XTX Markets says it is now operating a ‘zero hold time’ (ZHT) model in
its application of last look to its FX counterparty businesses. The firm says
it is in response to market structure changes and is in accordance with the
principles of the recently published Global FX Code.
XTX is removing a deliberate latency buffer before the price check is applied
in the last look window. Under a latency buffer the trade request is held for a
brief, prescribed time delay before the price check is performed.
explains the rationale behind this is to allow the liquidity provider to see
the latest market data updates before applying the price check. If the holding
window was not applied, the price check would potentially need to be performed
before the liquidity provider can see the latest price update, increasing the
likelihood of it being hit on a stale price.
JP Morgan formally disclosed it did not use a
latency buffer in
its last look window, however Profit
& Loss reported at the time that it understood the bank had not been
doing so for at least a year before that.
XTX says it
is responding to the improved market structure in FX, specifically that market
data tick increments are reducing across the FX primary markets meaning that
market data is updated much more frequently than ever before. Earlier this
year, NEX Markets’ EBS announced it was publishing
market data at 5 millisecond intervals on its EBS Live Ultra feed, having already
moved to 20ms last year, and Thomson Reuters started offering
updates at 25 ms intervals via its Matching Binary Multicast Feed.
these developments weaken the rationale for imposing a holding window, noting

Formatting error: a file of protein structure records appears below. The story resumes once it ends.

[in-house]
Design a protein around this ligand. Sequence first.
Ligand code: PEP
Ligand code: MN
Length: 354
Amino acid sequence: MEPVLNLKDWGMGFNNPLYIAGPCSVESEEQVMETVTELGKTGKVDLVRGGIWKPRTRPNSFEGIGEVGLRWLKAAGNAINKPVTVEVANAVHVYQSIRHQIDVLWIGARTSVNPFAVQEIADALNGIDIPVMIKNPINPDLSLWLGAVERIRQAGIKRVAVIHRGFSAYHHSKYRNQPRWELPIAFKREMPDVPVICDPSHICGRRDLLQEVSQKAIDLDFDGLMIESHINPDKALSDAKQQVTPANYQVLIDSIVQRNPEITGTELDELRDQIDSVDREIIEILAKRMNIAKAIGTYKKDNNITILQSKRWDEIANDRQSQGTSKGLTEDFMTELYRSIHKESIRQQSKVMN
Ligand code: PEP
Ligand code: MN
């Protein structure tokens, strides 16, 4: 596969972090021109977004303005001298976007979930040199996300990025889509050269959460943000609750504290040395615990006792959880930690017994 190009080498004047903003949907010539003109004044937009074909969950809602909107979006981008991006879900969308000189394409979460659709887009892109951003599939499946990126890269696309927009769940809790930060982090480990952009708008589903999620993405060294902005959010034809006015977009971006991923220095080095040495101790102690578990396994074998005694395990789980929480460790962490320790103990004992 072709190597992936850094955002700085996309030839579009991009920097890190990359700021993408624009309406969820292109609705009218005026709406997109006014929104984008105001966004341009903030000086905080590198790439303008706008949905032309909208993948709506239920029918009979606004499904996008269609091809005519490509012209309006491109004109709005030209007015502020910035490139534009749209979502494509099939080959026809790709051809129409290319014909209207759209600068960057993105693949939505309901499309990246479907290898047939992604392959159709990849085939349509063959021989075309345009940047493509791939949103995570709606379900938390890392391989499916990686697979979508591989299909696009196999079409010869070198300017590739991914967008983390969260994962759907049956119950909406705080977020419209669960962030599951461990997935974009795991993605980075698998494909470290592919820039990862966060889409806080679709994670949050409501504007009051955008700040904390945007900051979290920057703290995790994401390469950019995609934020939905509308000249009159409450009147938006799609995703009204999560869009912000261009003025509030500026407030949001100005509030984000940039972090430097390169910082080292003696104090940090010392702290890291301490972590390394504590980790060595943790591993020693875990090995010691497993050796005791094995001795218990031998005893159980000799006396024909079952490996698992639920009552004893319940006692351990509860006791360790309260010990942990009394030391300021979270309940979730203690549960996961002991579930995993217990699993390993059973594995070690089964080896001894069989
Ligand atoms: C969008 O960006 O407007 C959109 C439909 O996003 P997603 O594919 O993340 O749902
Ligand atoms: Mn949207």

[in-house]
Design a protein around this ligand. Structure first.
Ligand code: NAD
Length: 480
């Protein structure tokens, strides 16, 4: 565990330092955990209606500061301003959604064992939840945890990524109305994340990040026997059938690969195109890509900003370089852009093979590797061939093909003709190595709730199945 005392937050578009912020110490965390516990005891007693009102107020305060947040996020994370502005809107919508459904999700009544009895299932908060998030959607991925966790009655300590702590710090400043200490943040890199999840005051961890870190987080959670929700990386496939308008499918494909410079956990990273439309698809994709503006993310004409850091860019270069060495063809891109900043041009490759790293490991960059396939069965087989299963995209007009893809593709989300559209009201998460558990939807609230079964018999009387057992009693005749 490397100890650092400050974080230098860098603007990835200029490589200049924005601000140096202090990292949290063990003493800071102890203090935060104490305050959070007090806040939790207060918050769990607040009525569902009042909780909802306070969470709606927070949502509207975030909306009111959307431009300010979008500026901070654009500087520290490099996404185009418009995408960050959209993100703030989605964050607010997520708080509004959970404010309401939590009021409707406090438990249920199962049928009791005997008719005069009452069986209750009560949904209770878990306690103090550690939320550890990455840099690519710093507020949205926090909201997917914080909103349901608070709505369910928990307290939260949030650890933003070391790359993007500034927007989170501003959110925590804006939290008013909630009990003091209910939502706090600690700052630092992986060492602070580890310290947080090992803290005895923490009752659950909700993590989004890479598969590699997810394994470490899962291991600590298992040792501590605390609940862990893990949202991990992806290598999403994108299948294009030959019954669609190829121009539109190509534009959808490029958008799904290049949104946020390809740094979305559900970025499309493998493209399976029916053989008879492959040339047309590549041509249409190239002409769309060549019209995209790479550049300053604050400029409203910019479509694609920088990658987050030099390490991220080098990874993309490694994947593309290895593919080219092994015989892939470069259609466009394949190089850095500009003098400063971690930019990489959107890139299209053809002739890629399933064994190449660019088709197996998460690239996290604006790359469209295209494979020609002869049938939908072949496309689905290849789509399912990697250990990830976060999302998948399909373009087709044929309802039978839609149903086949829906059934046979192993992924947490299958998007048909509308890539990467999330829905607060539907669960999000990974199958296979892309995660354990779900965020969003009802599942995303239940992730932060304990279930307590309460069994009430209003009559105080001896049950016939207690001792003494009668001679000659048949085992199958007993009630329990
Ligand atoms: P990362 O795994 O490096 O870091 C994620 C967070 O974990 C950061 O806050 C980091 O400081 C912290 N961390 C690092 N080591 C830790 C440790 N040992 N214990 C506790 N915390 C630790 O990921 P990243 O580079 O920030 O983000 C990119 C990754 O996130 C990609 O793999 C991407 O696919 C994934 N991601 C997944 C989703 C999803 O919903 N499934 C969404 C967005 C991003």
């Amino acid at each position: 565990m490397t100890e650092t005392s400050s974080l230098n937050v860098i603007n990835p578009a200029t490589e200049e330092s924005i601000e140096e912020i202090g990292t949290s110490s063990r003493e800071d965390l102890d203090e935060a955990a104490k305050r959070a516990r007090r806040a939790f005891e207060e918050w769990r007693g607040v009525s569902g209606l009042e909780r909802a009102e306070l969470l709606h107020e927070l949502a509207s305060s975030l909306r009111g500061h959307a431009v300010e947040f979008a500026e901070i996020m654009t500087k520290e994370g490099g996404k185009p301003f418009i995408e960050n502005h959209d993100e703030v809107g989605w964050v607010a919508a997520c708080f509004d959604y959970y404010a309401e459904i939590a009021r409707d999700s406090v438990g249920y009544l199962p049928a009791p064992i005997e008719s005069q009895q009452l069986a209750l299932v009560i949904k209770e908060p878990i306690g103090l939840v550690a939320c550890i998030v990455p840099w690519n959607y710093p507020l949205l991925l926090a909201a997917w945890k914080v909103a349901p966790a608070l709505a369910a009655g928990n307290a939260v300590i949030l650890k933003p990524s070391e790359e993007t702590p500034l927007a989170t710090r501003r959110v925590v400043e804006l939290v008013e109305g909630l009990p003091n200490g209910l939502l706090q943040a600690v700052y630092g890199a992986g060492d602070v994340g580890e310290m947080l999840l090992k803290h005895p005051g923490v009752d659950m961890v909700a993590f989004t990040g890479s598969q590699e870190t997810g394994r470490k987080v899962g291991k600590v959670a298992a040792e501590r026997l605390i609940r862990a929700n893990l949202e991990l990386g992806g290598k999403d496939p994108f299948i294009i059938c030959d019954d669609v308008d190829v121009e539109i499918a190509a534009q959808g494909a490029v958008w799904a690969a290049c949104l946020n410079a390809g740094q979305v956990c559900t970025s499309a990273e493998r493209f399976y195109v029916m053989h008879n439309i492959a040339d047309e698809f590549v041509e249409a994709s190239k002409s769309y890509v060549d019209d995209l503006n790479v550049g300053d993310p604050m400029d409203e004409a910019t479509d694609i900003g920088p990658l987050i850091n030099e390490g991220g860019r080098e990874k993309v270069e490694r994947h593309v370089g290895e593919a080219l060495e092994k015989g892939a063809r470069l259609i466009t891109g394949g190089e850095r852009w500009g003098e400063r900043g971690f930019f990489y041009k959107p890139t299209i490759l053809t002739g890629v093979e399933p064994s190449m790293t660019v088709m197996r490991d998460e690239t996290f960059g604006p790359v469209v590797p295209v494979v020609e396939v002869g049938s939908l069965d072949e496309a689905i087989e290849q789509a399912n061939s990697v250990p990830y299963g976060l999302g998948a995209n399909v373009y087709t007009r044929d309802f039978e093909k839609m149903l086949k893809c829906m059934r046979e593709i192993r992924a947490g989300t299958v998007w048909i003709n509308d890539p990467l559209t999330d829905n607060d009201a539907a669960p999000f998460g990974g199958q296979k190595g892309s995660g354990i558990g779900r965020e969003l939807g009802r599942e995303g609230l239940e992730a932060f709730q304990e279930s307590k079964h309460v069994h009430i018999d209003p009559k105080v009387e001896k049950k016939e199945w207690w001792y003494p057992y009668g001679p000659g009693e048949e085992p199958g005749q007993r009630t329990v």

that a holding window of 100 milliseconds would mean, for certain currency
pairs, the liquidity provider could receive up to 20 primary market price
updates before applying the price check.
have removed the holding window applied to any trade requests in respect of our
disclosed counterparty spot FX business,” the firm says. “The last look
price and/or validity check will be applied as soon as our systems receive the
remains a controversial area in the Global Code and the Global FX Committee is
currently in the throes of seeking feedback on
Principle 17 that
deals with the practice.
XTX says it “endorses and strongly supports” the Code as a member of the Market
Participants Group that helped create it. “As a major participant of the
wholesale FX market, we intend to adhere to the Code by evolving our own
institutions’ FX practices to be consistent with the principles in the Code,”
it adds. “We are also committed to promoting the Code to our counterparties in
support of the integrity and effectiveness of the FX market.”
also expressed its support for Principle 17. While there remains debate over
the use of the word ‘likely’ in Principle 17 – namely it states, “During the
last look window, trading activity that utilises the information from the
Client’s trade request, including any related hedging activity, is likely
inconsistent with good market practice…” – the principle does stress the need
for market Participants employing last look to be transparent regarding its use
and provide appropriate disclosures to its counterparties.
says it believes that removing the latency buffer, if it were uniformly
adopted, is a practice which will lead to a fairer and more transparent market
for all market participants – a key objective of the Global Code.
recent improvements in technology and market data, we believe that it is hard
to justify the use of a latency buffer in pricing,” says Zar Amrolia, co-CEO of
XTX Markets. “All direct counterparties of XTX Markets now enter into
transactions either on a ‘non last look’ or a ‘zero hold time’ basis with no
latency buffer. We are encouraged that other top tier liquidity providers are
working on a similar approach and that there are ECNs working on moving the
price check away from LPs onto neutral venues (i.e ‘hosting’ the last look
the combination of adherence to the Global FX Code and the ZHT practices of
market leaders will reduce the impact of the problematic practices sometimes
associated with last look and lead to fairer and more transparent markets for
all participants,” he adds.
Kenneth Kan, head of execution trading at Dymon Asia Capital, says, “We welcome the move to zero
hold time. This helps make FX markets firmer and more transparent and will
benefit the buy-side and the FX market at large.”